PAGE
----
Don’t Split Test Your Pages Before Doing These 6 Things
When it comes to split testing, you’ve been doing great so far. You’ve got a great design, compelling copy and excellent flow. In your eyes, this new page is irresistible.
But before you press that launch button and unleash it to an unsuspecting world, there are a few more things you’ll want to check. Let’s take a closer look at them:
1. Does Everything on the Page Work The Way It Should?
This seems like exactly the kind of thing you’d want to make sure of before a test, and yet many professionals are left scrambling after they launch a campaign only to find that their mailing list isn’t subscribing new users, or their automated welcome message isn’t going out.
Maybe they learn, too late, that the call-to-action button leads to the wrong page or that new membership backend isn’t giving the user their login information. It should go without saying, but test everything. Every popular device. Every major browser. Everything. Try to make mistakes on purpose just to see if the system will throw you for a loop and then amend them before you start that first test.
In a nutshell, you want the process to be completely flawless, in order to get users to the next step in your funnel.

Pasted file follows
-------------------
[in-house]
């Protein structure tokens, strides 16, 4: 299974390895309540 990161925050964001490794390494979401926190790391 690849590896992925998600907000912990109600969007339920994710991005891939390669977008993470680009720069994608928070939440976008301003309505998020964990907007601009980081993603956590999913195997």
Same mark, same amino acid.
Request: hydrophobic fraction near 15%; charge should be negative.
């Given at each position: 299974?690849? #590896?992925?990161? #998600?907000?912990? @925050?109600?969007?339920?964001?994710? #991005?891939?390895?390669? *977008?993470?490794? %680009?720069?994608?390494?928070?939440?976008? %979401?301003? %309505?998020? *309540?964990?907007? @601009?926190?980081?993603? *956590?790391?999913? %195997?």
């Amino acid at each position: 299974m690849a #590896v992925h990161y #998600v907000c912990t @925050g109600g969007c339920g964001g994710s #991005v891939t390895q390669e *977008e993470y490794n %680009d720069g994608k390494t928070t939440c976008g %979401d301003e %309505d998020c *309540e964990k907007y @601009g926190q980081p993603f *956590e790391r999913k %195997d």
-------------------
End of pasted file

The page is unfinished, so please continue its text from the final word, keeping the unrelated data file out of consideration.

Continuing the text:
2. How Easy is it For the User to Visually Digest Everything At a Glance?
This is not the prime time to throw everything at a user and hope some of it sticks. Too often, I see landing pages that are filled to the brim with copy on every conceivable topic under the sun. The landing page, in essence, doubles as a FAQ, a live chat portal, a support desk, a reviews page and just about everything else.
And while I’m not discounting the importance of all of these features, remember that your landing page doesn’t have to do all the heavy lifting. In fact, your main goal should just be to get users to take that first step – followed by another step, and another.
There’s nothing wrong with, say, having a live chat option for those urgent questions that could make or break a conversion. But for everything you add, remember that you’re also throwing yet another layer of complexity to the conversion recipe. Your landing page should be the virtual equivalent of getting a foot in the door – you can always follow up with automated emails or redirect the user to a page that helps further guide their first steps.
Whatever page you’re testing, make it easy for the user to get the big picture at first-glance. No unnecessary scrolling, no need to stop and think “am I in the right place?” Make it push-button simple for them to take the action you want them to take, without a lot of second-guessing on their part.
3. How Crucial Is the Page to Testing in the First Place?
Let’s face it, split tests may be easy to set up, but if you’re only getting some traffic to the page, it will take quite some time before …read more
Source:: Kiss Metrics Blog